Based on to examine presented at the 25th European Congress of Endocrinology in Istanbul, high levels of the stress hormone cortisol during the third trimester of pregnancy may increase speech and language abilities in the first three years of a child's life. The results contribute to our understanding of how cortisol affects foetal and infant development.
Early language development is a good indicator of how well the neural system of a newborn evolved in the womb. A fetus's growth is controlled and its brain development is impacted by prenatal exposure to cortisol, a steroid hormone that aids the body in responding to stress. However, it is still unclear how cortisol affects the early development of language.
Researchers from the Odense University Hospital examined data from the Odense Child Cohort on 1,093 Danish toddlers aged 12-37 months and on the cortisol levels of 1,093 Danish mothers during their third trimester of pregnancy. They discovered that whereas females were better at comprehending more words at the age of 12 to 21 months, boys exposed to high cortisol levels in the womb could pronounce more words from ages 12-37 months.
"To our knowledge, this is the first study to investigate the association between maternal cortisol levels and language development in children over time, also taking offspring sex and maternal educational level into account," said Dr Anja Fenger Dreyer, who was involved in the study.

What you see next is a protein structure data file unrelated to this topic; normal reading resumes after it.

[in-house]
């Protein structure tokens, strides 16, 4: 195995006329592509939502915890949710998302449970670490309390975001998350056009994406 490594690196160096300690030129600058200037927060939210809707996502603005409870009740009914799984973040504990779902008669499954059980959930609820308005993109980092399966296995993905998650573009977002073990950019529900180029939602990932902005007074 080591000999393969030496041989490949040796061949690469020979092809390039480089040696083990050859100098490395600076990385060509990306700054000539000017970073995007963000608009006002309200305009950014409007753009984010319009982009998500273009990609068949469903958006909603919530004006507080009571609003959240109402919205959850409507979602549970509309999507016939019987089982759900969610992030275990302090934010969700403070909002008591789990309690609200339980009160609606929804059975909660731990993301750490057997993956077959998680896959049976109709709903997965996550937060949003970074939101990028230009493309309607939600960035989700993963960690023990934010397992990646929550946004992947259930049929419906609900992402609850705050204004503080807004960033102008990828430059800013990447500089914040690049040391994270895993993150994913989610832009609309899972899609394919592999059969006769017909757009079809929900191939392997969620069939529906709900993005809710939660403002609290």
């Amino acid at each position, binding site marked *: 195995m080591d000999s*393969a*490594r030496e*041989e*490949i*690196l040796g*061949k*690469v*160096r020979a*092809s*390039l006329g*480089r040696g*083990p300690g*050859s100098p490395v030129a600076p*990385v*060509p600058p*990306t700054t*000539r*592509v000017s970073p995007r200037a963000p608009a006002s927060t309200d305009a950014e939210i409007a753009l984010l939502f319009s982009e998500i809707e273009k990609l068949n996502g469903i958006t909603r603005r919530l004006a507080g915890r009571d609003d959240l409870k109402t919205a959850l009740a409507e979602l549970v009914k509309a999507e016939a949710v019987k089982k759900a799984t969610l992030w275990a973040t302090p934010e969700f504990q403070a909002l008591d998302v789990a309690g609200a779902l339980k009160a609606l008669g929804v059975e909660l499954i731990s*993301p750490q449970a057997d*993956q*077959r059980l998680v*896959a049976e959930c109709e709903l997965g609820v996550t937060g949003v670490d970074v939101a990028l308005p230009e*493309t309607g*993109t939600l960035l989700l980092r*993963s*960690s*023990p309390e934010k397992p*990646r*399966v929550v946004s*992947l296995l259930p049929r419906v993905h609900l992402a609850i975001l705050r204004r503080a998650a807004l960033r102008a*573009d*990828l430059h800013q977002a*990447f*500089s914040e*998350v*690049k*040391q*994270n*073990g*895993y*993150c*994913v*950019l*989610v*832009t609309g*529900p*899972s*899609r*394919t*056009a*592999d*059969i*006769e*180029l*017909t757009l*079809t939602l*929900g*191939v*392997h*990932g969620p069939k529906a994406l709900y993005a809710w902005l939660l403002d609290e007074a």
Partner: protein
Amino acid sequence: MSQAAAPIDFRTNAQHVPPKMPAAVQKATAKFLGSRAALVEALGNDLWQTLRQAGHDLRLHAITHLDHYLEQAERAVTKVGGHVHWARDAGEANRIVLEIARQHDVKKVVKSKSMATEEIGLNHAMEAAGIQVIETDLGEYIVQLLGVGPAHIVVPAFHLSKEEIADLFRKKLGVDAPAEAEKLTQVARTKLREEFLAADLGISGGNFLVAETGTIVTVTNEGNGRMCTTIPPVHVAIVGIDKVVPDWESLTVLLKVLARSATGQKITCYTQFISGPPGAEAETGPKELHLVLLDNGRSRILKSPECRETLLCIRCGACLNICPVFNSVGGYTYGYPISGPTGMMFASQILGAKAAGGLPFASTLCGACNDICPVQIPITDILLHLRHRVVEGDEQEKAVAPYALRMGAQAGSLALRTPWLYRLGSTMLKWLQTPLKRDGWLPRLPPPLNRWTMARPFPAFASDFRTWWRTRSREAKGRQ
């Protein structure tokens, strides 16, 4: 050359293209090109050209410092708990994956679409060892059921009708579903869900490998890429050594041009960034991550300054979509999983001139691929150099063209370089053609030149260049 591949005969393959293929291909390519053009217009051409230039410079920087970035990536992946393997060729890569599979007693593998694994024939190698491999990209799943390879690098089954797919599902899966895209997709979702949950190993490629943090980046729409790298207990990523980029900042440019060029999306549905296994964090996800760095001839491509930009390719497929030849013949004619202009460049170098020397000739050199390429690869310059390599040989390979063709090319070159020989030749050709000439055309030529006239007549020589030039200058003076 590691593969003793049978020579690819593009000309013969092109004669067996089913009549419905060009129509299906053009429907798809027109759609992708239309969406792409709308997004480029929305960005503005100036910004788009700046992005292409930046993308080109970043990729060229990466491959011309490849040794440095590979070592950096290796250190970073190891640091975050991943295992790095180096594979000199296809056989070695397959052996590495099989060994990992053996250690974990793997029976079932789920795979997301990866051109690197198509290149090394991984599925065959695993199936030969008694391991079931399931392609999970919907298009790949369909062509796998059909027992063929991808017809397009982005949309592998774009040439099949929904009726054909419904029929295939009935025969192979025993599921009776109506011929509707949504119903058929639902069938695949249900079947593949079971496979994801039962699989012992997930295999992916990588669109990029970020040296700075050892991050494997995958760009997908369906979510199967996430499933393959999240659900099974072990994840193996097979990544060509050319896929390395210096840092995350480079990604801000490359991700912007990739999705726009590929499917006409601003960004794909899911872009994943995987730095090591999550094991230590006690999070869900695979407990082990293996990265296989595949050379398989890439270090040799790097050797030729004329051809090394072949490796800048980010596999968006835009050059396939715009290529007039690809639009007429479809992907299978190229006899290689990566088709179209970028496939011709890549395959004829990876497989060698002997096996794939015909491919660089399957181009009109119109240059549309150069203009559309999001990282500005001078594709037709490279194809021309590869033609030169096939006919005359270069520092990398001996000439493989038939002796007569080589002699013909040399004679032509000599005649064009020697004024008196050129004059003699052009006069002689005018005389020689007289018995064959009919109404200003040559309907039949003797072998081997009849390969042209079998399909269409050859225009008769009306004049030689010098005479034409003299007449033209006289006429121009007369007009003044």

She added: "We have had access to a large study cohort, high-quality methods of analysis and relevant covariates, making our study an important contribution to the physiological understanding of prenatal cortisol exposure in fetal maturation and child development."
The team will next assess whether children exposed to high cortisol in the womb are more likely to have higher intelligence quotient (IQ) scores. Except for the data on maternal cortisol levels and early language development, the Odense Child Cohort also has data on intelligence tests carried out by children aged 7.
"Early language development in children is known as a predictor for a cognitive function later in life, such as attention, memory and learning, so we want to investigate whether prenatal cortisol exposure is also associated with IQ scores of children aged 7 years old," said Dr Fenger Dreyer. (ANI)